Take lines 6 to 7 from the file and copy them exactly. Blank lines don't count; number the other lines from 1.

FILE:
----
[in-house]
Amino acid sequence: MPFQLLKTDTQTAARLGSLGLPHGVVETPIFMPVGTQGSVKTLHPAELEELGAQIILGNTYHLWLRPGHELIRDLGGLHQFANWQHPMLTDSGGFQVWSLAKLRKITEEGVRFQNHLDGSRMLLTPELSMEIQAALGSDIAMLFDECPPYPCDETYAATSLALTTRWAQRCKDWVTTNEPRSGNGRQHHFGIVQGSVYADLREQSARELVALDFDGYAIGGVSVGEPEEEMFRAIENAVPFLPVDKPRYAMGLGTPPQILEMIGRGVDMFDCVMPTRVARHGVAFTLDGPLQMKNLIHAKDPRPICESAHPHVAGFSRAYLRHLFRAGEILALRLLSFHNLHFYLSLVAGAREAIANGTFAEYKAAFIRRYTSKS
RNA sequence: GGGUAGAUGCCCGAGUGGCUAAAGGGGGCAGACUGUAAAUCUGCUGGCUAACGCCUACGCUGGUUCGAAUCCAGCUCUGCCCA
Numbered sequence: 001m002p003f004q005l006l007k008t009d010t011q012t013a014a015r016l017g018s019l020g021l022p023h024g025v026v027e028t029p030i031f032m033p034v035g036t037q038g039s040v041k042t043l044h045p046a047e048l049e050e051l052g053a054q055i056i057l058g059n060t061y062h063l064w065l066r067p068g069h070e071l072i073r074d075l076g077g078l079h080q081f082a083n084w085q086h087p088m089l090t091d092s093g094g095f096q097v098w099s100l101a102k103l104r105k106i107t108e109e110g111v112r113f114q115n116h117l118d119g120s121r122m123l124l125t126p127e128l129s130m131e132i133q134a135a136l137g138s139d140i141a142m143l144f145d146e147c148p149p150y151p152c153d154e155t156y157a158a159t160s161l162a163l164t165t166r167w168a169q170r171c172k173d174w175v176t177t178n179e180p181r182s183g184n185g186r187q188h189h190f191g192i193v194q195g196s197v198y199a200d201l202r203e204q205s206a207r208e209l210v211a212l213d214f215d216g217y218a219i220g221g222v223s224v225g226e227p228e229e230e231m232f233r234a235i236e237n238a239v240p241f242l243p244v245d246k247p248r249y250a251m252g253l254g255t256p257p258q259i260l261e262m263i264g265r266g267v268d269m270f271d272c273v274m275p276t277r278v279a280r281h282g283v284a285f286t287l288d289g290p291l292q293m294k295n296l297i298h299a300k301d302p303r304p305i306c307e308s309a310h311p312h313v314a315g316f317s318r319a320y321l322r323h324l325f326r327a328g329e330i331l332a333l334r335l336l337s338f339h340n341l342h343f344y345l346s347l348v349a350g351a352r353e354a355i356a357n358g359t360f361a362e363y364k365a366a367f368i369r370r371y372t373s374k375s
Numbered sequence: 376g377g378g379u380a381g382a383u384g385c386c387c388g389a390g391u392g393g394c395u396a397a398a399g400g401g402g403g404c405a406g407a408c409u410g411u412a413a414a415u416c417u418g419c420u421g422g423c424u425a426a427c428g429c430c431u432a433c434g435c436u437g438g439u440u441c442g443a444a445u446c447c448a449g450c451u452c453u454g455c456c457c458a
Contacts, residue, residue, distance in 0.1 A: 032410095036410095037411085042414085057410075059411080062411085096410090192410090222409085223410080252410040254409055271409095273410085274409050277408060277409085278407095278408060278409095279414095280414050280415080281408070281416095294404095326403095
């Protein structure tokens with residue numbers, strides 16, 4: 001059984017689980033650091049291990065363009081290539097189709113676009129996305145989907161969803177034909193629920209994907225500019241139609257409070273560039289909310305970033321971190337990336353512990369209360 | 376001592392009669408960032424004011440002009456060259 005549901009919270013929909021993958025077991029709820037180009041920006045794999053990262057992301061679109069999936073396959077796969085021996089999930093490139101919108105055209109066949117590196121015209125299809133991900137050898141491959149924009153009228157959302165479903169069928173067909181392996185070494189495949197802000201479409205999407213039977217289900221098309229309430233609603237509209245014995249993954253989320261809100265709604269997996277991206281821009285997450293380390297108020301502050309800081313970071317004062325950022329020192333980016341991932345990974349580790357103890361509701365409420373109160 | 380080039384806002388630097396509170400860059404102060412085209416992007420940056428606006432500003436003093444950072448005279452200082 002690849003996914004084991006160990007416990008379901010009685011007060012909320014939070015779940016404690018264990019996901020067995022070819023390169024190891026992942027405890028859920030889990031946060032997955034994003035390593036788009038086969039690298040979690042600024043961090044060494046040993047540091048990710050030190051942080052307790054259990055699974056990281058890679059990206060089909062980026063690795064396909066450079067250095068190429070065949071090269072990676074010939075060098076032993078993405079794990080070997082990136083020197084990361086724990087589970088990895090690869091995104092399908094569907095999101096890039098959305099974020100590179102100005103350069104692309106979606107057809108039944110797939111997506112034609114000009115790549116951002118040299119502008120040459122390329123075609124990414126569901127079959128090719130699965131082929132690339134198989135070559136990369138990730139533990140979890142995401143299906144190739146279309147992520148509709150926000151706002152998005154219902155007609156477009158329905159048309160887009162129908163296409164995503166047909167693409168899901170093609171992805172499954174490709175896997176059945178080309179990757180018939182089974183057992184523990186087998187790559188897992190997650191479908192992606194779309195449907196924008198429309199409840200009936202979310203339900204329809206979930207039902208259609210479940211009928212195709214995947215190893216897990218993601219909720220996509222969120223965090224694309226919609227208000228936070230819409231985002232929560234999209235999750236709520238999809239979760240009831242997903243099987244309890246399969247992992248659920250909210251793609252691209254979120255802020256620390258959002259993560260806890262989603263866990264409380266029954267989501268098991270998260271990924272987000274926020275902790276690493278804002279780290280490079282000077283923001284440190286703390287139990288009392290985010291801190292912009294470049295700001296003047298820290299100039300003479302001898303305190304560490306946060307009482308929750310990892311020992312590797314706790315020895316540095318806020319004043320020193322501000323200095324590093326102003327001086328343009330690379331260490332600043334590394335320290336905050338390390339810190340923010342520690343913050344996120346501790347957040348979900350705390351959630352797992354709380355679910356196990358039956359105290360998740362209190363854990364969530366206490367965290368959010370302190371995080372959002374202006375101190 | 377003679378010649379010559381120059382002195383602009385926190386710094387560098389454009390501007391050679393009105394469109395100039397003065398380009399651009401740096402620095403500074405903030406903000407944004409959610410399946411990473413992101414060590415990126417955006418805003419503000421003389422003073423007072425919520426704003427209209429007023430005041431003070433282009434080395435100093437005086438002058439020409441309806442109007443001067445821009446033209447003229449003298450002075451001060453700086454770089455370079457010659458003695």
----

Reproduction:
Contacts, residue, residue, distance in 0.1 A: 032410095036410095037411085042414085057410075059411080062411085096410090192410090222409085223410080252410040254409055271409095273410085274409050277408060277409085278407095278408060278409095279414095280414050280415080281408070281416095294404095326403095
């Protein structure tokens with residue numbers, strides 16, 4: 001059984017689980033650091049291990065363009081290539097189709113676009129996305145989907161969803177034909193629920209994907225500019241139609257409070273560039289909310305970033321971190337990336353512990369209360 | 376001592392009669408960032424004011440002009456060259 005549901009919270013929909021993958025077991029709820037180009041920006045794999053990262057992301061679109069999936073396959077796969085021996089999930093490139101919108105055209109066949117590196121015209125299809133991900137050898141491959149924009153009228157959302165479903169069928173067909181392996185070494189495949197802000201479409205999407213039977217289900221098309229309430233609603237509209245014995249993954253989320261809100265709604269997996277991206281821009285997450293380390297108020301502050309800081313970071317004062325950022329020192333980016341991932345990974349580790357103890361509701365409420373109160 | 380080039384806002388630097396509170400860059404102060412085209416992007420940056428606006432500003436003093444950072448005279452200082 002690849003996914004084991006160990007416990008379901010009685011007060012909320014939070015779940016404690018264990019996901020067995022070819023390169024190891026992942027405890028859920030889990031946060032997955034994003035390593036788009038086969039690298040979690042600024043961090044060494046040993047540091048990710050030190051942080052307790054259990055699974056990281058890679059990206060089909062980026063690795064396909066450079067250095068190429070065949071090269072990676074010939075060098076032993078993405079794990080070997082990136083020197084990361086724990087589970088990895090690869091995104092399908094569907095999101096890039098959305099974020100590179102100005103350069104692309106979606107057809108039944110797939111997506112034609114000009115790549116951002118040299119502008120040459122390329123075609124990414126569901127079959128090719130699965131082929132690339134198989135070559136990369138990730139533990140979890142995401143299906144190739146279309147992520148509709150926000151706002152998005154219902155007609156477009158329905159048309160887009162129908163296409164995503166047909167693409168899901170093609171992805172499954174490709175896997176059945178080309179990757180018939182089974183057992184523990186087998187790559188897992190997650191479908192992606194779309195449907196924008198429309199409840200009936202979310203339900204329809206979930207039902208259609210479940211009928212195709214995947215190893216897990218993601219909720220996509222969120223965090224694309226919609227208000228936070230819409231985002232929560234999209235999750236709520238999809239979760240009831242997903243099987244309890246399969247992992248659920250909210251793609252691209254979120255802020256620390258959002259993560260806890262989603263866990264409380266029954267989501268098991270998260271990924272987000274926020275902790276690493278804002279780290280490079282000077283923001284440190286703390287139990288009392290985010291801190292912009294470049295700001296003047298820290299100039300003479302001898303305190304560490306946060307009482308929750310990892311020992312590797314706790315020895316540095318806020319004043320020193322501000323200095324590093326102003327001086328343009330690379331260490332600043334590394335320290336905050338390390339810190340923010342520690343913050344996120346501790347957040348979900350705390351959630352797992354709380355679910356196990358039956359105290360998740362209190363854990364969530366206490367965290368959010370302190371995080372959002374202006375101190 | 377003679378010649379010559381120059382002195383602009385926190386710094387560098389454009390501007391050679393009105394469109395100039397003065398380009399651009401740096402620095403500074405903030406903000407944004409959610410399946411990473413992101414060590415990126417955006418805003419503000421003389422003073423007072425919520426704003427209209429007023430005041431003070433282009434080395435100093437005086438002058439020409441309806442109007443001067445821009446033209447003229449003298450002075451001060453700086454770089455370079457010659458003695």